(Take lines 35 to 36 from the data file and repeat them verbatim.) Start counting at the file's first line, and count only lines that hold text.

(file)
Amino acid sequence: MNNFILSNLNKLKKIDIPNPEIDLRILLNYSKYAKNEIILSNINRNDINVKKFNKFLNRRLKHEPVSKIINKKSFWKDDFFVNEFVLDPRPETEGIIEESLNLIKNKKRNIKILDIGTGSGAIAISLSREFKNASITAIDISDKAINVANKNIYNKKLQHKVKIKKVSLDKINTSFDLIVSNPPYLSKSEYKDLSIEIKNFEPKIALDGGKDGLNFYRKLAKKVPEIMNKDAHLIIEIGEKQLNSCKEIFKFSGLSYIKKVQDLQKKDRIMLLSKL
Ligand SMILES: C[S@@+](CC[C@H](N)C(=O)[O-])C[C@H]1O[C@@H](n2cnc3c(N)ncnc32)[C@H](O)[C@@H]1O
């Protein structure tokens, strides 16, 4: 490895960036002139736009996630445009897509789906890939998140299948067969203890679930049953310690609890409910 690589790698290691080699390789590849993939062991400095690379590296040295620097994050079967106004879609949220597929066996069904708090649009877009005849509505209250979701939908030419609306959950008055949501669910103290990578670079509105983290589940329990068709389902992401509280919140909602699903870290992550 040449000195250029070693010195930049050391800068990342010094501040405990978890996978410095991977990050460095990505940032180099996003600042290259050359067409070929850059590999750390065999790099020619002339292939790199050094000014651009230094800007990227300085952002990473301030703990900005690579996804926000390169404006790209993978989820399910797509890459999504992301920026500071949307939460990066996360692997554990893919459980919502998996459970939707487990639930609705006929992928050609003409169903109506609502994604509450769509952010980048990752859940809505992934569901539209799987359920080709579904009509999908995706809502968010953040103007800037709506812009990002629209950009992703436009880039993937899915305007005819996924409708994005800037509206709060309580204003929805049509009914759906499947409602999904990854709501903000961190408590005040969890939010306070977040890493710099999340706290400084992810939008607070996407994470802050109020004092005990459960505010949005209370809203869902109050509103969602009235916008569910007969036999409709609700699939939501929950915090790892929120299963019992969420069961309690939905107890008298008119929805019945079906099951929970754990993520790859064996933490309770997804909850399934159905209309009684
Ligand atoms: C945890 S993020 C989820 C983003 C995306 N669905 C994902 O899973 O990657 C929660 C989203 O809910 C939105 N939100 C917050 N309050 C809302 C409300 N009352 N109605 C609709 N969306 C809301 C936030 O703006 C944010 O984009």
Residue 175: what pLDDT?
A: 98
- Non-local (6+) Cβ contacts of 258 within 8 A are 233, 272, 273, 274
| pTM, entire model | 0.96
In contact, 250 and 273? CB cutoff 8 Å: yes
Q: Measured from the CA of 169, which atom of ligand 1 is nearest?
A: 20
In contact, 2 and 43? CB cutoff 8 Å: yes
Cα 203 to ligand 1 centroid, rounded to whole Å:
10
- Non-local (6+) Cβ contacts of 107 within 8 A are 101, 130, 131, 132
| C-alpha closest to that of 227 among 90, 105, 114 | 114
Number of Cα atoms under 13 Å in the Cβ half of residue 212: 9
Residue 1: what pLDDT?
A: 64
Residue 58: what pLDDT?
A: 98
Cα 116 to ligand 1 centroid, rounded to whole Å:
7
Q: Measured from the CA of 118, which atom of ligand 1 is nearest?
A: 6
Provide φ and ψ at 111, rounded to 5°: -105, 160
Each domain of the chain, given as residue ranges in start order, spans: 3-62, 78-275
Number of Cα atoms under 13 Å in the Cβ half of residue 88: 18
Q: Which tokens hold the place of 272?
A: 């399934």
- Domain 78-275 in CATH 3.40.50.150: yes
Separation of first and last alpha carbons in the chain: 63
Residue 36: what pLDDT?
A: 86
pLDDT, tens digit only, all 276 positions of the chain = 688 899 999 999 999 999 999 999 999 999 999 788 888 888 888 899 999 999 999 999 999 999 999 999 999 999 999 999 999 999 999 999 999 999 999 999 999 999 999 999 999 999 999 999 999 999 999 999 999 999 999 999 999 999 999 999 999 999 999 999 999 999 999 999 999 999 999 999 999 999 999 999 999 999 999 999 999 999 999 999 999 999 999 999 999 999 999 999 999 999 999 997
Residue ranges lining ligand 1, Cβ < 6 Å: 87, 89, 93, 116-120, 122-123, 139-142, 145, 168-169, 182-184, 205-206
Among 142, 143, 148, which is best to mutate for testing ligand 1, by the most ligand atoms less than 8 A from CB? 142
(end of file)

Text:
pLDDT, tens digit only, all 276 positions of the chain = 688 899 999 999 999 999 999 999 999 999 999 788 888 888 888 899 999 999 999 999 999 999 999 999 999 999 999 999 999 999 999 999 999 999 999 999 999 999 999 999 999 999 999 999 999 999 999 999 999 999 999 999 999 999 999 999 999 999 999 999 999 999 999 999 999 999 999 999 999 999 999 999 999 999 999 999 999 999 999 999 999 999 999 999 999 999 999 999 999 999 999 997
Residue ranges lining ligand 1, Cβ < 6 Å: 87, 89, 93, 116-120, 122-123, 139-142, 145, 168-169, 182-184, 205-206